Intermittent fasting (and healthy anti-inflammatory diet) promotes full & proper digestion on a day-to-day basis without the use of supplements.
Enzyme supplements are just a bonus that I choose to take as I know the importance of promoting all phases of digestion & feeding my gut bacteria.
Intermittent fasting is a keystone habit I’ve developed to optimize digestion daily at the times when my enzymes and metabolic processes are naturally at their best.
Intermittent Fasting – A Total Return on Investment
When it comes to the gut, fasting does wonders for motility, cell rest and recovery, and promoting the growth and development of healthy gut bacteria.
But my results did not end there.
Here’s what I also experienced after making intermittent fasting a lifestyle habit…
Get a handle on my cravings.
This is one of the more rewarding aspects results for me. I no longer feel hijacked by cravings for sweet or unhealthy food.
Often, people fear taking on a new eating plan because they fear the pangs of cravings. “I could never do that”. Or, “I’ll dieeee if I do that”
In just 2-3 days of sticking to a fasting schedule – you’ll notice an absence of cravings for bad food.
So the very thing that we fear is one of the first benefits you’ll notice.
My mood is calm.
You’ll know that you’re on the right track by how you feel. I maintain fasting because of how good I feel, not because I’m gritting through a daily struggle of hunger. In fact, sometimes, you’ll forget that it’s technically time to eat.
Some of the mood benefits are because your eating schedule fits in so much more nicely with your sleep schedule. You get more deep sleep cycles, your gut is able to rest, and your brain and immune system are able to do some clean-up work.
My head is super clear.
Mental fog often comes back to the health of the gut. When you overeat, you promote inflammation and a leaky gut. This “leakiness” can also be associated with a “leaky brain”. A leaky brain allows inflammatory proteins and immune complexes to pass across the blood-brain barrier.
You feel this process as mental fog.
I’m better connected to how healthy and unhealthy food makes me feel.
I notice that if I go off of my schedule, or eat crappy food. You’ll quickly notice how certain foods hijack your cravings.
You can maintain a consistent fasting schedule for 5 days, and on a cheat day consume some pizza or ice cream. The next day you’ll realize that you’ll start craving sweets or food hours earlier during the next day’s fast. You’ll notice that you are bloated, and gassy. That your skin is puffy. And, that your weight shot up 3+ lbs in just one day.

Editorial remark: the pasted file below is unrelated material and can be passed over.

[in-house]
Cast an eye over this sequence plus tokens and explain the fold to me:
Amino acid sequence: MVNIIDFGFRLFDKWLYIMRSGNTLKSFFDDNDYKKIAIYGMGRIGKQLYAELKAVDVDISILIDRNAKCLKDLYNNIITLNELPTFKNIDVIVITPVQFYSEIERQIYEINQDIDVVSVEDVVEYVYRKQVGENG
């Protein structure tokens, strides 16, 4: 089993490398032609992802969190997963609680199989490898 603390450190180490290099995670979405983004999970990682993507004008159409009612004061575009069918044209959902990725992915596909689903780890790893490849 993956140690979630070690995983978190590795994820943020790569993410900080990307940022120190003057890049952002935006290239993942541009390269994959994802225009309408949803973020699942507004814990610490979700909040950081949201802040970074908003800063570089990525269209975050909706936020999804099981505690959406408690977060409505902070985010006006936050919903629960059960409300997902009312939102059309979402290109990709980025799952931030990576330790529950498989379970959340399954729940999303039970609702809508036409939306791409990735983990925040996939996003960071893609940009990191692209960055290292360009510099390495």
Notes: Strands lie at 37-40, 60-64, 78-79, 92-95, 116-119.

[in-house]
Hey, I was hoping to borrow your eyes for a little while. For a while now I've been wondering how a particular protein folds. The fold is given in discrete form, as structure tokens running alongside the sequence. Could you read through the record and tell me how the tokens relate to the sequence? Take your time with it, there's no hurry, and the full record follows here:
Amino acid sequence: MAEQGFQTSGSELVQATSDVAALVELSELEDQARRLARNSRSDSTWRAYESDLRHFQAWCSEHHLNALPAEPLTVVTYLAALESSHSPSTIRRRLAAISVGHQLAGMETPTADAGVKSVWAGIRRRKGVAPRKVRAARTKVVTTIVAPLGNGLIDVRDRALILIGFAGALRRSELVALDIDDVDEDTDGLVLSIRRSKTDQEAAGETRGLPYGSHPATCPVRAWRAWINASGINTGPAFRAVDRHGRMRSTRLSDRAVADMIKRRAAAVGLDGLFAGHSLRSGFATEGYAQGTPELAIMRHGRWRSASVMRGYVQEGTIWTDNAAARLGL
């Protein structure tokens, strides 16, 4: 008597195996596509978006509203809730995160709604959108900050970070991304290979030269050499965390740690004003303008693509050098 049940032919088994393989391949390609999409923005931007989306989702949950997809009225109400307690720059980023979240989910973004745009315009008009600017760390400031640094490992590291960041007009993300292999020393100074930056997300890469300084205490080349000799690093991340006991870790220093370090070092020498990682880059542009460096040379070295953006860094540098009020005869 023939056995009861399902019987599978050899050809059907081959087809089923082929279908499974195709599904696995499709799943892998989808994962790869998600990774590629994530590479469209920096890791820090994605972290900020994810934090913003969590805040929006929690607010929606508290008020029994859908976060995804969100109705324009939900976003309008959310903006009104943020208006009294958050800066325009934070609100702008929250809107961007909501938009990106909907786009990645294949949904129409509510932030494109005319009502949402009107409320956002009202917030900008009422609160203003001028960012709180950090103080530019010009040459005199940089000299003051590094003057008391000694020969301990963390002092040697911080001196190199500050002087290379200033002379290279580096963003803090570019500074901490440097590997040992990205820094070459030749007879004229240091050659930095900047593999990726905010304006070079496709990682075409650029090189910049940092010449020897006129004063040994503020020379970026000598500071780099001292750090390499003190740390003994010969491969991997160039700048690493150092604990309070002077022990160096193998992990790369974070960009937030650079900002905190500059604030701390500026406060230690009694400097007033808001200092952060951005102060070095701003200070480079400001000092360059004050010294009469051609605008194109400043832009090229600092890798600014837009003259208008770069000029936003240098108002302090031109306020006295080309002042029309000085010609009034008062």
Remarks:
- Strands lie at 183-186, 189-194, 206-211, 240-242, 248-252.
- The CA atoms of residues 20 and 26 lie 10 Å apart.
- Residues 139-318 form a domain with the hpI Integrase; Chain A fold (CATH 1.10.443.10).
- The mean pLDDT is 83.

Because eating unhealthy costs me some mental clarity, and mood balance, and shoots me off my weight goals – it becomes its own motivator to choose better foods even on my non-fasting days.
I drop weight in a healthy way (& keep it off)
You want to make sure that you’re still eating ample calories within your eating period. If you drop weight too fast from lack of calorie intake – you’ll end up with the same yo-yo results you see with conventional dieting.
This is why fasting 5-6 days out of the week and allowing 1-2 cheat days can be helpful. You keep your thyroid guessing.
You’ll notice your weight will swing up 2-5 lbs after a non-fasting day. This is typical due to water retention or inflammation – not because you’re truly packing on the pounds.
A healthy rate of weight loss is 1-2 lbs per week.
You might lose 5 lbs, then gain 2 lbs, then lose 2lbs and gain 1 lbs, in that kind of cycle – until you level out to a personal healthy weight as you see in my own chart above.
My plan to drop another 2-5 lbs will be to build more lean muscle and to control my glycemic variability more tightly using the blood sugar supplements above. Tightening up sleep habits will also go a long way!
Putting the Benefits of Intermittent Fasting for Gut Health All Together
Health is more than a weight scale. With fasting, weight management is just one of the MANY benefits.
My favorite ROI from intermittent fasting is knowing that I’m charging my mitochondria day-in and day-out. Our mitochondria are the energy-producers of the body – arguably, mitochondrial health in the number ONE factor for healthy aging.
With intermittent fasting, I process food much more efficiently – and promote less cellular aging as a result. Long-term, it helps to know that intermittent fasting is associated with less risks for autoimmunity, inflammation, cancer, mood disorders, cognitive decline, hypertension, & cardiovascular disease too.
Try it and see the results for yourself.